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Student Loan Debt Reaches All-Time High

Posted: Sep 17, 2013 9:45 AM by Andie Lowenstein, KOMU 8 Reporter
Updated: Sep 17, 2013 11:20 AM

Rating: 4.0 (1 vote)

COLUMBIA - Student loan debt has officially topped $1 trillion.

According to the government's consumer advocate, more than 33 million workers qualify to have their student loans forgiven because they work in public service fields. However, too few take advantage because the programs are overly complex and confusing.

Public service work includes, the military, teachers, firefighters, police officers, and those who work in hospitals and city halls. Some other positions that qualify for loan forgiveness programs include city hall secretaries, state department of motor vehicles office clerks, and accountants at non-profit arts groups - positions that may not usually be seen as public service.

The data shows the largest group of beneficiaries is more than 6.8 million workers in education.

Kristie Harms, an English teacher at Battle High School and a graduate student, wishes she had known about these options sooner.

"I know a lot of teachers who are 10 plus years teaching and they're still paying off student loans, they're not even close," Harms said. "You know they're talking about having to pay mortgages and car payments and have kids...It's kind of scary for me knowing that that's going to be how long it takes."

According to the National Center for Education Statistics, the nation's schools will need 425,000 new teachers by the end of the decade. However, sometimes it takes more than just passion to accept a lower starting salary. Eligibility for a student loan forgiveness program may be a good enough incentive.

"I think the average starting salary in Missouri is about $36,000 for a teacher," MU Financial Director Nick Prewett said. "So depending on how much they've taken out in student loans their payments could be a smaller percentage of that and so they could see some forgiveness on the back end."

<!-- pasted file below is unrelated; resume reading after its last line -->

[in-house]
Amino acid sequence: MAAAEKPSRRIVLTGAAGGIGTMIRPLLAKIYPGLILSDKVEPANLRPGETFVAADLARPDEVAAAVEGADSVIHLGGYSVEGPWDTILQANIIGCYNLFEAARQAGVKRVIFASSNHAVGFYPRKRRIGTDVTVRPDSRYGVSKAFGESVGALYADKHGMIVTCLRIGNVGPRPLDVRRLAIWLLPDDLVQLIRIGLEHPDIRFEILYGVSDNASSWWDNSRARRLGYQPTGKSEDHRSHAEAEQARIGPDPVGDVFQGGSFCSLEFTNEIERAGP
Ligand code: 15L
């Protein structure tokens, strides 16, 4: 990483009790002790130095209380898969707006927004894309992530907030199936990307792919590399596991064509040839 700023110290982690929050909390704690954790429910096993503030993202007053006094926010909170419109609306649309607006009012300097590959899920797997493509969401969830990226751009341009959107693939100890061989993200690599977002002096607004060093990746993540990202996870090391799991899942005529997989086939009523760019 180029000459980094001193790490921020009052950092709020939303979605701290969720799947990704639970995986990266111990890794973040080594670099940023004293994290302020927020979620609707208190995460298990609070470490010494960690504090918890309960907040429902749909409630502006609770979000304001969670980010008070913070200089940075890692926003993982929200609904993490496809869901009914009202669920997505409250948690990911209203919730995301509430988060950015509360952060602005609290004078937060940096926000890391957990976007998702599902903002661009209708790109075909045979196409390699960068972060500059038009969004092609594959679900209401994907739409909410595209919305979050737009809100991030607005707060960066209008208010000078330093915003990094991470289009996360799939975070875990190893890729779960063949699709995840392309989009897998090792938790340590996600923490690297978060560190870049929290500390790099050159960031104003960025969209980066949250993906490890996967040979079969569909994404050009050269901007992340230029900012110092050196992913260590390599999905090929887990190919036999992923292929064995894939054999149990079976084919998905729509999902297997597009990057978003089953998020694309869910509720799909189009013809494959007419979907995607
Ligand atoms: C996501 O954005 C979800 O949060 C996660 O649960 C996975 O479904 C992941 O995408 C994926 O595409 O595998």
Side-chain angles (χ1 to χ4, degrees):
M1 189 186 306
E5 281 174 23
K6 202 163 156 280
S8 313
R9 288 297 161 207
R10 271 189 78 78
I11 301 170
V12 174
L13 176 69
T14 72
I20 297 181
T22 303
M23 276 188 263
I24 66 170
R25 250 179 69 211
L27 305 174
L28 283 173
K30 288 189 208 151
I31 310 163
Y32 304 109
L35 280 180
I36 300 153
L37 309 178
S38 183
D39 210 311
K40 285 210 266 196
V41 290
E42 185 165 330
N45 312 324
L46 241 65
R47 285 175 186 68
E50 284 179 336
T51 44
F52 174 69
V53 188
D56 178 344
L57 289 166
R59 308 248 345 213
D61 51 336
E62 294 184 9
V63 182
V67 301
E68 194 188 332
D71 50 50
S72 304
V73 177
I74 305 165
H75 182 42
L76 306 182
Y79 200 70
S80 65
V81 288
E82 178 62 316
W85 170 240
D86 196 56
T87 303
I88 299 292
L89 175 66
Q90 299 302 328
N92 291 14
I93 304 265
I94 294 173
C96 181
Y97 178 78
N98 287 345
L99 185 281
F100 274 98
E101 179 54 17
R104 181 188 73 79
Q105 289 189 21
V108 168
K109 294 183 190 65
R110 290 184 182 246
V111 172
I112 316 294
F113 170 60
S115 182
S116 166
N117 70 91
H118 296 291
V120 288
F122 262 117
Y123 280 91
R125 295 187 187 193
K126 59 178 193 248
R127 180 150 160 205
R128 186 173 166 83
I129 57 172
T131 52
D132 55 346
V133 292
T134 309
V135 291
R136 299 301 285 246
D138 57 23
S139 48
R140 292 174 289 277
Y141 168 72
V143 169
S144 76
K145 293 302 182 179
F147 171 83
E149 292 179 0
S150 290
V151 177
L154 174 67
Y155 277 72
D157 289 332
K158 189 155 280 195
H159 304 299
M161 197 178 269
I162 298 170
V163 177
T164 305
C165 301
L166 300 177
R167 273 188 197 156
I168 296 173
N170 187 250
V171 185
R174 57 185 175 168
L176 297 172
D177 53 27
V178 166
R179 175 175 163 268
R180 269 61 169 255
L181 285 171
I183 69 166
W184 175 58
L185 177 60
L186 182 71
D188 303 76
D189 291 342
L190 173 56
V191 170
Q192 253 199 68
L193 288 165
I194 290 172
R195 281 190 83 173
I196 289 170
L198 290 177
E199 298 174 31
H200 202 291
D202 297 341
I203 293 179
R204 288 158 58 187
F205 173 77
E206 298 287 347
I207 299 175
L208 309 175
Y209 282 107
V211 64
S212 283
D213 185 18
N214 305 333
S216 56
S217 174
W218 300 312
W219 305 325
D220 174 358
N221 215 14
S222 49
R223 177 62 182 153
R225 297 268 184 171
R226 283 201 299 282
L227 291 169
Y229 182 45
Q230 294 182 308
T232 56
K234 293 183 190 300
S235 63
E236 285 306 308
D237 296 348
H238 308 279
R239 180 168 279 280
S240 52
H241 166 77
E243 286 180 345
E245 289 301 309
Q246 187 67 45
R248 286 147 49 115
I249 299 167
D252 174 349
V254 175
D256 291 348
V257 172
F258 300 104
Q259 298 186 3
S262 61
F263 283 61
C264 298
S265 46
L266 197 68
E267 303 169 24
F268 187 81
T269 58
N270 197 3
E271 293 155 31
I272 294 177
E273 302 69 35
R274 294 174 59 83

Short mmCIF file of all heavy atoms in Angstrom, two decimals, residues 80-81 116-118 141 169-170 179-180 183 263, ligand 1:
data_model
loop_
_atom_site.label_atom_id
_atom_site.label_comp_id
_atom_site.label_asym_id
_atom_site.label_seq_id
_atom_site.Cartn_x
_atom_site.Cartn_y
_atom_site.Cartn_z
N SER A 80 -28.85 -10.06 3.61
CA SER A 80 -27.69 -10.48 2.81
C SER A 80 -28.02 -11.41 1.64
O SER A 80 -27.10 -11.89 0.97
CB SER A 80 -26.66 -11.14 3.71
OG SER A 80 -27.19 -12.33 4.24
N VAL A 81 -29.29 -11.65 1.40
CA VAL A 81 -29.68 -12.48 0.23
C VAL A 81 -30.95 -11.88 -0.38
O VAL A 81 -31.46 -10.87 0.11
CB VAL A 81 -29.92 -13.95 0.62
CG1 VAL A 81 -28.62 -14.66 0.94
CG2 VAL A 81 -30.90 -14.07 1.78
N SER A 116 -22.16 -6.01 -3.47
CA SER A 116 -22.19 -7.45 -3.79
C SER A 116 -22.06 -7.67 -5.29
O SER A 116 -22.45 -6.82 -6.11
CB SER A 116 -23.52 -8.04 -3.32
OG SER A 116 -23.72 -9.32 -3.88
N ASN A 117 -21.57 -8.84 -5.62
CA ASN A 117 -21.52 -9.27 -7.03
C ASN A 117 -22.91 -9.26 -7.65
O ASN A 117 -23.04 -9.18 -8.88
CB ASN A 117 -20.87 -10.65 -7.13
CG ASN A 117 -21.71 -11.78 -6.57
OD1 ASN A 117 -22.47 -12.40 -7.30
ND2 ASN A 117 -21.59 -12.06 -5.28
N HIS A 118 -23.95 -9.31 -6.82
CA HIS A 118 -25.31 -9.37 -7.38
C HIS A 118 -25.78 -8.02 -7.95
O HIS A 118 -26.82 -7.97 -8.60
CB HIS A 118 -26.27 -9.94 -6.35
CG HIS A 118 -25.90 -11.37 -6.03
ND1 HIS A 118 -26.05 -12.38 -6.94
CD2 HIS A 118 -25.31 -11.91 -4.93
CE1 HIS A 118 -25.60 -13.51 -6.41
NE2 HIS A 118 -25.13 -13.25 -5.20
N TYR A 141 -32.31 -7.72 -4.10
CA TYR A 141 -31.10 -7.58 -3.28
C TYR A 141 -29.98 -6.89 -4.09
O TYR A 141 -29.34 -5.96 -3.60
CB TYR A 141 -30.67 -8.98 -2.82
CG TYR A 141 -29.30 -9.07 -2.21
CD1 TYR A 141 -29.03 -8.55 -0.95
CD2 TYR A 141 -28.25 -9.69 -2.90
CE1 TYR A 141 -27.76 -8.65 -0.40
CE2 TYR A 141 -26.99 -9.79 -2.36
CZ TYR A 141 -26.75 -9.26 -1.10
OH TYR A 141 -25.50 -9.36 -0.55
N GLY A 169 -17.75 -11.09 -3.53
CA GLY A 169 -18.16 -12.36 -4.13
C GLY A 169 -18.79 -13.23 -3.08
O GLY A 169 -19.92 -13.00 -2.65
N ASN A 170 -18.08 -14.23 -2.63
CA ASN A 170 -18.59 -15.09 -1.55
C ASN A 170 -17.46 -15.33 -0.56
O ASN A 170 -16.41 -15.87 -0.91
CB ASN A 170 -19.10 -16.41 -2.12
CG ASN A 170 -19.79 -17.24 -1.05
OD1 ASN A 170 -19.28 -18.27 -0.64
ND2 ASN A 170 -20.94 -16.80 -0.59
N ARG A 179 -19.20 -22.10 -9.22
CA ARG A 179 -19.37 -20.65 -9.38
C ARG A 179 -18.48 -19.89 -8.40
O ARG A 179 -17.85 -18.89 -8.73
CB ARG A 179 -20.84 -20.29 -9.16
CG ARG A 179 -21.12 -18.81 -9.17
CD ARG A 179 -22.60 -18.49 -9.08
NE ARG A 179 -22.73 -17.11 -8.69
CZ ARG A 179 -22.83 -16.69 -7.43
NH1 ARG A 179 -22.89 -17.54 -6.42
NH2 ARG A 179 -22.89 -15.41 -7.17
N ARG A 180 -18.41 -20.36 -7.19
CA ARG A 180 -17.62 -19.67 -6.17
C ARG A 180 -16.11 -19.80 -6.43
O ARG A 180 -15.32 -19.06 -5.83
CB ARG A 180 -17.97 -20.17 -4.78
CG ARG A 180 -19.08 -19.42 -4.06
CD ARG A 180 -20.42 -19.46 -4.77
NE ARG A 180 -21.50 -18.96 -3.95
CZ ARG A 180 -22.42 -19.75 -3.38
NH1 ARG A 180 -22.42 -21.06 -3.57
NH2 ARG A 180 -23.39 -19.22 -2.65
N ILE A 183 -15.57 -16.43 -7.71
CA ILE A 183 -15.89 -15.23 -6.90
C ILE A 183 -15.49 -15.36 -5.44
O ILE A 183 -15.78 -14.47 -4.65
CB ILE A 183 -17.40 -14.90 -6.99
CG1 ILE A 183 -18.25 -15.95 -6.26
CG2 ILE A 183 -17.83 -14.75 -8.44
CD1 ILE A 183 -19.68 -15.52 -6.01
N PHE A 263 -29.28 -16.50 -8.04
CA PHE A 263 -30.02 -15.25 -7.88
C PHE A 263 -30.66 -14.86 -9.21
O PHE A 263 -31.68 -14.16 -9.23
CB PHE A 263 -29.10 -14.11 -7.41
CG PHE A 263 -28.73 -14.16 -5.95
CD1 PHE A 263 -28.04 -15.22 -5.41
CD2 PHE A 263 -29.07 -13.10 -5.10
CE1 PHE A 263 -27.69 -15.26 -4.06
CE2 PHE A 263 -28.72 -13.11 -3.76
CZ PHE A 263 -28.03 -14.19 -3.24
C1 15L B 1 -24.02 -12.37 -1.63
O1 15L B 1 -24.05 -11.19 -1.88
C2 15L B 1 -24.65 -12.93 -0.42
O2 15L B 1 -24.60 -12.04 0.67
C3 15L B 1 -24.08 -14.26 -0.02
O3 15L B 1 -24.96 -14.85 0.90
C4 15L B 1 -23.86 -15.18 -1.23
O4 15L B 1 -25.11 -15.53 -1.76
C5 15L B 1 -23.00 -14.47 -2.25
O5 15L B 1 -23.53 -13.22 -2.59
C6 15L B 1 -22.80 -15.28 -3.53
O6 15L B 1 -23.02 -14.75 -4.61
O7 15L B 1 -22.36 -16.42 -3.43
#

All payments after October 1, 2007 are acceptable. To qualify for the student loan forgiveness program, one must make 120 on-time, full and monthly payments on Direct Loans. You must pay under a qualifying repayment plan and must be working full time at an eligible public service organization.

Prewett says since this is a relatively new program, there is no confirmed data yet to show just how beneficial it will actually be.

"At the end of a 10 year period if they don't miss a single payment then the rest of their student loan is going to be forgiven," Prewett said. "That doesn't take effect until October of 2017 so we're not really sure yet how many students are going to achieve that benchmark or what the average forgiveness for those students is."

For more information about the Public Service Loan Forgiveness Program visit: http://studentaid.ed.gov/sites/default/files/public-service-loan-forgiveness.pdf

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